Effect of Rock Cover on Small Mammal Abundance in a Montana Grassland

Scientific Disciplines
Biological Sciences - Terrestrial
University of Montana
deer mice
peromyscus maniculatus
Sin Nombre virus
Volume 17, No. 1-4

Effect of rock cover on small mammal 
Abundance in a montana grassland
Kyle Richardson, Department of Biology, Montana Tech of the University of Montana,    
Butte, Montana 59701
Scott Carver1, Department of Biology, Montana Tech of the University of Montana,  
Butte, Montana 59701
Richard Douglass, Department of Biology, Montana Tech of the University of Montana,    
Butte, Montana 59701
Amy Kuenzi, Department of Biology, Montana Tech of the University of Montana,  
Butte, Montana 59701
We examined the influence of rock cover, as an indicator of presumable retreat site availability 
on the abundance of deer mice (Peromyscus maniculatus) and prevalence of Sin Nombre virus 
(SNV) using long-term live trapping and habitat data from three live trapping grids and a short-
term (three month), spatially replicated study across three slopes in Cascade County, Montana. 
In our long-term study, we found that deer mice were more abundant at a live-trapping grid with 
greater rock cover, than two grids with less rock cover. There was a non-significant trend (P = 
0.053) for deer mice to be more abundant in rocky sites in the short term study. In the long-term 
study, average SNV antibody prevalence among deer mice was slightly greater (5.0 vs. 3.5 % 
on average) at the live trapping grid with more rock cover, than the grid with less rock cover. 
We were unable to demonstrate differences in SNV antibody prevalence among treatments in 
the short-term study. Further studies are needed to elucidate the multiple determinants of deer 
mouse abundance and SNV prevalence in grassland ecosystem and other habitat types.
Key Words: deer mouse, Peromyscus maniculatus, Sin Nombre virus, retreat sites
The abundance of small mammals 
have on pathogen prevalence, are needed to 
varies temporally and spatially among and 
help reduce human exposure.
within habitat types (e.g., Krebs, 1996). 
Deer mice (Peromyscus maniculatus
In many cases, however, the underlying 
are widespread omnivorous rodents, which 
determinants of variability in small 
occur in a variety of habitat types across 
mammal abundance are unknown. Variation 
North America (Kirkland and Layne 1989, 
in abundance can have consequences 
Douglass et al. 2001). These rodents have 
for pathogen transmission because host 
been ideal organisms for studies of habitat 
abundance may influence contact and 
relationships for many decades (e.g.,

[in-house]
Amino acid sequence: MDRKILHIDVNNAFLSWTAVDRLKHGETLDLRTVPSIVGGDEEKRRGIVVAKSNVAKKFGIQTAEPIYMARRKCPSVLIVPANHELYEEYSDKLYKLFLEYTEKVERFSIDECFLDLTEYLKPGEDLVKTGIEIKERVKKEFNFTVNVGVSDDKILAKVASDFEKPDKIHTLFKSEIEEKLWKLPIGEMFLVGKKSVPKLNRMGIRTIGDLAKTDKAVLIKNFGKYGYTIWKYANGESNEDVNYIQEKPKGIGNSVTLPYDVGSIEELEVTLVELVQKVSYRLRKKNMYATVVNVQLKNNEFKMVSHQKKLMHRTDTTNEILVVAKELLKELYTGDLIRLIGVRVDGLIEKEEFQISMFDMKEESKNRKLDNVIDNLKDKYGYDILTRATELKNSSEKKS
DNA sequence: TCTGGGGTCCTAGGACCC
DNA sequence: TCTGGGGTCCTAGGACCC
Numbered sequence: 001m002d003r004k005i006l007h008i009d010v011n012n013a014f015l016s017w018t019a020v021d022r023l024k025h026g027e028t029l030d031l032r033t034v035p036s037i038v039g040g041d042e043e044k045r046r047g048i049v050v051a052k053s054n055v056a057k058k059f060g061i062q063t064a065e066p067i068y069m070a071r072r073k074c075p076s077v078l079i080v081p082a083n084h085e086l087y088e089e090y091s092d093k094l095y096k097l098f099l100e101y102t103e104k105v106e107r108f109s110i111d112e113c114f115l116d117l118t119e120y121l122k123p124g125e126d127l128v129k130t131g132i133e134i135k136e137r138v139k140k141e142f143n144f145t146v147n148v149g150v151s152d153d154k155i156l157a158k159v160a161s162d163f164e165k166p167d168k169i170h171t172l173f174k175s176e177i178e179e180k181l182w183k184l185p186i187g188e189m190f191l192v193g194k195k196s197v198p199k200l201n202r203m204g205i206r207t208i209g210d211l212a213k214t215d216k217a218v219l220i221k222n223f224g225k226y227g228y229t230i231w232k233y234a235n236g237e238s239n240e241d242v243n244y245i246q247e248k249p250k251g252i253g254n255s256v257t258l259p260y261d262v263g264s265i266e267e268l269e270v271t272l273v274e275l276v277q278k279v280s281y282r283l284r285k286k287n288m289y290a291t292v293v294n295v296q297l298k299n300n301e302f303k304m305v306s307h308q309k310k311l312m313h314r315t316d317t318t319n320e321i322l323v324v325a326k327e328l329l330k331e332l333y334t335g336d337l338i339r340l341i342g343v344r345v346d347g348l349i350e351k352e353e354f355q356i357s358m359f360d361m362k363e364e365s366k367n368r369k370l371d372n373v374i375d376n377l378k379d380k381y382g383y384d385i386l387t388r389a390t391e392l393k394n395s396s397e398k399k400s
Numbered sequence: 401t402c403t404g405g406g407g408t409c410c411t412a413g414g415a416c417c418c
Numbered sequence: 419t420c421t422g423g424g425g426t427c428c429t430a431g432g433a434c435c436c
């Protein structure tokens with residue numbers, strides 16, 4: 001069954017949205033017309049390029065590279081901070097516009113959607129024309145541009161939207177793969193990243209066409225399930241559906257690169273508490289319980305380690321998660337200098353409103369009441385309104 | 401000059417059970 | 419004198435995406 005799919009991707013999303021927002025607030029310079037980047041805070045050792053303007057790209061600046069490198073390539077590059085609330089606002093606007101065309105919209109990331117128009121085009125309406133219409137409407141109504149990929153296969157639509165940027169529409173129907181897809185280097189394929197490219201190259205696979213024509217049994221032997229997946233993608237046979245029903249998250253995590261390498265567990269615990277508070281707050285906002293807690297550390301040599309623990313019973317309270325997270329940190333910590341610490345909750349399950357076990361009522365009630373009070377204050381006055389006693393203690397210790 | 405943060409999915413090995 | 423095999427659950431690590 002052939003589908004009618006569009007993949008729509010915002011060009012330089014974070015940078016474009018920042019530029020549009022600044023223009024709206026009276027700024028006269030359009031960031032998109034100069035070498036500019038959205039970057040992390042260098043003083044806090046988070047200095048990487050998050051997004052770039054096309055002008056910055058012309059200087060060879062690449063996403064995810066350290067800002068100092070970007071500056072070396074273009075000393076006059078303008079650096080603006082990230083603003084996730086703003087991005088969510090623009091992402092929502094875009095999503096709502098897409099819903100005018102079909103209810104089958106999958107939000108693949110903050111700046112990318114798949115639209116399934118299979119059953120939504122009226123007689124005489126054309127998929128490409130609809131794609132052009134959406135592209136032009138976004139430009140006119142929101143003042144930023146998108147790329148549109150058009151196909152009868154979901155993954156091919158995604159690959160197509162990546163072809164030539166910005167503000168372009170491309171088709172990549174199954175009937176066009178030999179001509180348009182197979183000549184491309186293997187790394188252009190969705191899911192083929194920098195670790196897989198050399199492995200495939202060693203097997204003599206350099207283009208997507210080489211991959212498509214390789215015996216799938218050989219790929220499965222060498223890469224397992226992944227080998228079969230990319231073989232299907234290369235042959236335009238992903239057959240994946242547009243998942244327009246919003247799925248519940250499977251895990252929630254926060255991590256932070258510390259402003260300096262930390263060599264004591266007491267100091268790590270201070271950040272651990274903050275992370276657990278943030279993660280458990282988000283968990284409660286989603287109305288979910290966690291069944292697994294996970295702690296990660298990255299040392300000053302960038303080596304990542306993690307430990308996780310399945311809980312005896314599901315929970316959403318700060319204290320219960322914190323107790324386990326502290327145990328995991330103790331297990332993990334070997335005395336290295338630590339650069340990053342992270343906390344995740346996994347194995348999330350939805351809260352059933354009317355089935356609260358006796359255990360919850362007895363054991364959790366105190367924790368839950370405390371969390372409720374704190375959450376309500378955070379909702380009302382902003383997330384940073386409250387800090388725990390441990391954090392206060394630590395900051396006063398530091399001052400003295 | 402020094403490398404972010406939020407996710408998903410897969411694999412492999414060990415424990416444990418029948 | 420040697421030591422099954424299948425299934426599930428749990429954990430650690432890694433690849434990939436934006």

transmission rates among individuals 
Smith 1940, Douglass 1989, Matlack et al. 
in a population (Keeling and Rohani 
2001, Johnston and Anthony 2008) and in 
2008). For example, human incidence of 
Montana their abundance varies among and 
nephropathia epidemica (caused by Puumala 
within many habitat types (e.g., Douglass 
hantavirus) was related to abundance of the 
et al. 2001). Deer mouse abundance has 
host Clethrionomys glareolus in Sweden 
been found to be positively related to shrub 
(Niklasson et al., 1995). Studies that 
cover in a short grass prairie environment 
examine determinants of host abundance 
(Stapp and Van Horne 1997) throughout 
in nature, and the effects these factors may 
central and western Montana (Douglass 
1989a, Douglass et al. 2001) and Western 
1  Current  address:  Department  of  Microbiology, 
Colorado (Douglass 1989b). Furthermore, 
  Immunology and Pathology, Colorado State  
University, 1619 Campus Delivery, CO 80523
deer mice are reservoirs for Sin Nombre 

virus (SNV, Bunyaviridae:Hantavirus
open environments with high shrub cover 
(Nichol et al., 1993), a directly transmitted 
(Douglass et al. 2001, Douglass 1989a, 
zoonotic pathogen that is transmissible to 
Douglass 1989b, Douglass and Frisina 
humans causing Hantavirus Pulmonary 
1993), in this environment rock cover may 
Syndrome (HPS), which has a high 
be important for avoiding large predators, 
mortality rate (CDC, 2009). The abundance 
caching resources, or nesting. Other habitat 
of deer mice is an important component 
characteristics differed among our long-term 
of SNV transmission (e.g., Madhav et al. 
live trapping grids (see results) and likely 
2007) and human exposure risk (Childs 
also contributed to variation in deer mouse 
et al. 1995). Both abundance of deer mice 
abundance within this grassland habitat type 
and SNV prevalence among mice can 
(Wecker 1963, Douglass 1989a, Douglass 
vary significantly over small spatial scales 
1989b, Morris, 1997). The multivariate 
(Glass et al. 2000, Douglass et al. 2001). 
effect of habitat characteristics on deer 
Therefore, studies that investigate variability 
mouse abundance will be the subject of 
in deer mouse abundance and how this is 
further investigations.
affected by habitat characteristics within 
We hypothesized that in a specific type 
an expansive habitat type are of value to 
of Northern Great Plain grassland, deer 
understanding SNV transmission and human 
mice are more abundant, with a greater 
exposure risk.
number of individuals and prevalence of 
In Montana deer mouse abundance 
SNV antibodies in the population, in sites 
and prevalence of antibodies to SNV are 
with similar vegetative characteristics but 
on average highest in sagebrush (Artemesia 
greater rock cover (potential retreat site